chapter  17
6 Pages

Tenth Lord Upjohn Lecture 1980: Legal Education and the Needs of the Legal Profession

WithSIR FREDER ICK LAWTON P.C.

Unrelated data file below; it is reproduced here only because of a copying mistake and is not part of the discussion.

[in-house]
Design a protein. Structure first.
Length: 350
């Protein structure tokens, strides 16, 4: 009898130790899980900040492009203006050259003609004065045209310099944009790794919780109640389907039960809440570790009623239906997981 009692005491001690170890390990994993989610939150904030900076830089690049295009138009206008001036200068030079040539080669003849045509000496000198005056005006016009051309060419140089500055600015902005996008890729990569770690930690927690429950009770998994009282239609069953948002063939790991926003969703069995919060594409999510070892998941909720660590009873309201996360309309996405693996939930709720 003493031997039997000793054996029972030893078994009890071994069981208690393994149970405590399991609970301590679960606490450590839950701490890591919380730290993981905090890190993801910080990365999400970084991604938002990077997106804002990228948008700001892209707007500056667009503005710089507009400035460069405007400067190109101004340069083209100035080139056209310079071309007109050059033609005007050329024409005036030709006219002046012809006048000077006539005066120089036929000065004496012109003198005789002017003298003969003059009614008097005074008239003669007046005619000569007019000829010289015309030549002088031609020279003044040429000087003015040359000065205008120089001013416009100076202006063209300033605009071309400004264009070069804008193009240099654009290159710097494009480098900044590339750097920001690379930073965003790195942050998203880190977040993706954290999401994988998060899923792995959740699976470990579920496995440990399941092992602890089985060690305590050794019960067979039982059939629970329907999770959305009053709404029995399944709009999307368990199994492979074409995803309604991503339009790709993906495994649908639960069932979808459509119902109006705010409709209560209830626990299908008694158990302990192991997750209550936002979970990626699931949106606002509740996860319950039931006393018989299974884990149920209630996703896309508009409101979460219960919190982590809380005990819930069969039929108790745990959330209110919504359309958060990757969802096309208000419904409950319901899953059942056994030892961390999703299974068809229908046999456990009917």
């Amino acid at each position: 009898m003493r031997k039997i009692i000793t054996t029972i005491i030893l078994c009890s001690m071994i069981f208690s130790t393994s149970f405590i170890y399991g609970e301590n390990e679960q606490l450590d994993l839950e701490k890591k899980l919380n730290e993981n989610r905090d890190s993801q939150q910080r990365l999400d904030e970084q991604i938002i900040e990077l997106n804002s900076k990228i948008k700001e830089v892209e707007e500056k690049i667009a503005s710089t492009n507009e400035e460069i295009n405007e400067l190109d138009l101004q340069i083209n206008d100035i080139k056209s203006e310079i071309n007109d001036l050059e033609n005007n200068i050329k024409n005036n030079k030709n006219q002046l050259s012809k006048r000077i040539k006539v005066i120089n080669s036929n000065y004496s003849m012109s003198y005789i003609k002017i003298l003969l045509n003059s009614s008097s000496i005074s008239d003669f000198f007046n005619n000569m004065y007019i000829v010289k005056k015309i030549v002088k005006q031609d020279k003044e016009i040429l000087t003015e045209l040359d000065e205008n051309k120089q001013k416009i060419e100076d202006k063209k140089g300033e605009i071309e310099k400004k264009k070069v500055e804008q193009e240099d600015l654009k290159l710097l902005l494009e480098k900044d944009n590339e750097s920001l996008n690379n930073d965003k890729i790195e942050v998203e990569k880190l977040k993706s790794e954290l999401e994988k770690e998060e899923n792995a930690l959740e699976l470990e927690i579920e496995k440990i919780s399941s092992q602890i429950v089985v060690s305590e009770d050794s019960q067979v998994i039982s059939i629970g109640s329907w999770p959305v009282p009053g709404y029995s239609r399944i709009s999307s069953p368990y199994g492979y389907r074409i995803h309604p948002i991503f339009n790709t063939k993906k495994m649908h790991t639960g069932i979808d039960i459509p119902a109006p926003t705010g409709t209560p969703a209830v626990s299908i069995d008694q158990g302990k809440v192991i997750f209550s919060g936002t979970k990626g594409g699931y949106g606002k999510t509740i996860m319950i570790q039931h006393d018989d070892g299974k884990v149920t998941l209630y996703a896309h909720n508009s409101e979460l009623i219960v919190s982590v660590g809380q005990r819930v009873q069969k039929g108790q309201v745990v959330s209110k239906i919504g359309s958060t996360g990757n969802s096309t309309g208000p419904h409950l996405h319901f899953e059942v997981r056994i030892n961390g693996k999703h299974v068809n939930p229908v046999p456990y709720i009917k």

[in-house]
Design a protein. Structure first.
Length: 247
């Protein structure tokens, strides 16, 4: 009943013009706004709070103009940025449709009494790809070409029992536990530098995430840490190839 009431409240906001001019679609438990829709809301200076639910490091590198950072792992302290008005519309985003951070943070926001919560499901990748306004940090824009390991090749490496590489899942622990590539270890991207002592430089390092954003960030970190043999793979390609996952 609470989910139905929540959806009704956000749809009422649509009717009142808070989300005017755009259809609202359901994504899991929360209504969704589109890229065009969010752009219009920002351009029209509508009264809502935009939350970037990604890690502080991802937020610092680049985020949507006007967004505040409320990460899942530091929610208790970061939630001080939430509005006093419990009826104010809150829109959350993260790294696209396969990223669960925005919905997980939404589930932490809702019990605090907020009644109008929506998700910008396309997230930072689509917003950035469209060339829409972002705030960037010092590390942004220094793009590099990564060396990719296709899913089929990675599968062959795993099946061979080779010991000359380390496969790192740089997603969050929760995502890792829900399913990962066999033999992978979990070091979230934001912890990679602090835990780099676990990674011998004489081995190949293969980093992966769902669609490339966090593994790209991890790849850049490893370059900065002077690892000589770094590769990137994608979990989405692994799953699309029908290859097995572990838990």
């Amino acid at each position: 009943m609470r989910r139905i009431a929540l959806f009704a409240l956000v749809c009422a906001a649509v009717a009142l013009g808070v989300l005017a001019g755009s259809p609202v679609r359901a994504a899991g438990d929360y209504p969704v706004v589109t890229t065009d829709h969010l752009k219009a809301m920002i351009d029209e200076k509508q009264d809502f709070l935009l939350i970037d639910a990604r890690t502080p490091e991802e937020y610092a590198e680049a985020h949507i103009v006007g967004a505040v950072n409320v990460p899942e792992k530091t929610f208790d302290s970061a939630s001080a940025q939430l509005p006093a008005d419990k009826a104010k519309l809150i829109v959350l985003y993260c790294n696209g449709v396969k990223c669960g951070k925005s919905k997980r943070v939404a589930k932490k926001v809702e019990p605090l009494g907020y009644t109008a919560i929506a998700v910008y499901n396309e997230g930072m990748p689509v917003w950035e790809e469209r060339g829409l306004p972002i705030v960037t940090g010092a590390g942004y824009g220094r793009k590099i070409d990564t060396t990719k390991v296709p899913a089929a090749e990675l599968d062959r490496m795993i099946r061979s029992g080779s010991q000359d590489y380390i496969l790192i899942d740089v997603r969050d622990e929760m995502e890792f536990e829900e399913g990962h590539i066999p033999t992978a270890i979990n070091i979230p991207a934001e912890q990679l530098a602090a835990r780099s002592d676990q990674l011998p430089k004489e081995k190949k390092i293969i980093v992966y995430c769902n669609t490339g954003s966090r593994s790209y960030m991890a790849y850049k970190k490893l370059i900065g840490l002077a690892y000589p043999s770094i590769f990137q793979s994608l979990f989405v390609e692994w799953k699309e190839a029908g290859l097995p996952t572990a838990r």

As some of you may have inferred from my reported judgments, I had no legal education as these words are understood today. I started to read Law at Cambridge for Part II of the Law Tripos in October 1932, having in the previous two years read History. I took my examination in May 1933. Passing gave me no exemptions from the Bar examinations so I had to get up three new subjects, Roman Law, Criminal Law and Constitutional Law, for Part I of the Bar examinations. I had covered enough contract and tort in the Law Tripos to get me through these subjects without much extra work. I completed Part I by December 1933 and started on Part II in January 1934. I took and passed my Bar finals in May 1934, that is in about twenty months after starting the study of the law. Save whilst at Cambridge, I had had no tutorials and no opportunity of discussing legal problems with any knowledgeable person. Had I not overlooked the then essential qualification for call to the Bar, namely a digestion which could cope with 36 Inn dinners spread over three years, I could have been called in Trinity term 1934 and have accepted briefs the next day. The omission delayed my call for sixteen months. I spent part of that time working as a schoolmaster and part doing my Bar pupillage. Looking back, the time I spent as a schoolmaster was probably of more help to me than most of the lectures I attended at Cambridge. Trying to teach fourteen-year-old boys in the bottom stream is an excellent preparation for making submissions to a diffi cult judge who does not want to understand.